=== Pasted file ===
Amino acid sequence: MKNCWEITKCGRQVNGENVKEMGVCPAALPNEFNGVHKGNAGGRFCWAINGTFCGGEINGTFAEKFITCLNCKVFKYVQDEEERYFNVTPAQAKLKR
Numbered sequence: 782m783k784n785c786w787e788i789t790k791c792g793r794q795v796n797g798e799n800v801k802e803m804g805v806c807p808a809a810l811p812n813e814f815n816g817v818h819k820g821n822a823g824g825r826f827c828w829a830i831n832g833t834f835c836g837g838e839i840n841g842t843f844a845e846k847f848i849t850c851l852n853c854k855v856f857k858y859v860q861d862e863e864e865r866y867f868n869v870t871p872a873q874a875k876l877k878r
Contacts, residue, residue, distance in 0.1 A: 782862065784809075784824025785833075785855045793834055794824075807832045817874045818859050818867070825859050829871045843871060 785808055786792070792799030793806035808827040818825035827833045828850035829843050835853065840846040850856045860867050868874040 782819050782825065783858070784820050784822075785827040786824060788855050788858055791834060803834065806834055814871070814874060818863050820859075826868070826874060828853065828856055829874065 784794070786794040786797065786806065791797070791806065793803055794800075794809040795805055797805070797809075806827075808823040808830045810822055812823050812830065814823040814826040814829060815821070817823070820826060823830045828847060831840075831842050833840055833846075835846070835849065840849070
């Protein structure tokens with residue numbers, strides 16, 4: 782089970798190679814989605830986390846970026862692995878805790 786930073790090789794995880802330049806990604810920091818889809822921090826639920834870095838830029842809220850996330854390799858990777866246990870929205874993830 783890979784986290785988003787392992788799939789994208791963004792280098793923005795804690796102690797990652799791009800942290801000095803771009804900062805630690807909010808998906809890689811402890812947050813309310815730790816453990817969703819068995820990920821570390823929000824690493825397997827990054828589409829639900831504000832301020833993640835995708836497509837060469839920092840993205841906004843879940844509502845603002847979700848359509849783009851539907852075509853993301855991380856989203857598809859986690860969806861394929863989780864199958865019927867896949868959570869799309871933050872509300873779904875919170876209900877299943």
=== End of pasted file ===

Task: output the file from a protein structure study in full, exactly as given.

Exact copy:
Amino acid sequence: MKNCWEITKCGRQVNGENVKEMGVCPAALPNEFNGVHKGNAGGRFCWAINGTFCGGEINGTFAEKFITCLNCKVFKYVQDEEERYFNVTPAQAKLKR
Numbered sequence: 782m783k784n785c786w787e788i789t790k791c792g793r794q795v796n797g798e799n800v801k802e803m804g805v806c807p808a809a810l811p812n813e814f815n816g817v818h819k820g821n822a823g824g825r826f827c828w829a830i831n832g833t834f835c836g837g838e839i840n841g842t843f844a845e846k847f848i849t850c851l852n853c854k855v856f857k858y859v860q861d862e863e864e865r866y867f868n869v870t871p872a873q874a875k876l877k878r
Contacts, residue, residue, distance in 0.1 A: 782862065784809075784824025785833075785855045793834055794824075807832045817874045818859050818867070825859050829871045843871060 785808055786792070792799030793806035808827040818825035827833045828850035829843050835853065840846040850856045860867050868874040 782819050782825065783858070784820050784822075785827040786824060788855050788858055791834060803834065806834055814871070814874060818863050820859075826868070826874060828853065828856055829874065 784794070786794040786797065786806065791797070791806065793803055794800075794809040795805055797805070797809075806827075808823040808830045810822055812823050812830065814823040814826040814829060815821070817823070820826060823830045828847060831840075831842050833840055833846075835846070835849065840849070
């Protein structure tokens with residue numbers, strides 16, 4: 782089970798190679814989605830986390846970026862692995878805790 786930073790090789794995880802330049806990604810920091818889809822921090826639920834870095838830029842809220850996330854390799858990777866246990870929205874993830 783890979784986290785988003787392992788799939789994208791963004792280098793923005795804690796102690797990652799791009800942290801000095803771009804900062805630690807909010808998906809890689811402890812947050813309310815730790816453990817969703819068995820990920821570390823929000824690493825397997827990054828589409829639900831504000832301020833993640835995708836497509837060469839920092840993205841906004843879940844509502845603002847979700848359509849783009851539907852075509853993301855991380856989203857598809859986690860969806861394929863989780864199958865019927867896949868959570869799309871933050872509300873779904875919170876209900877299943």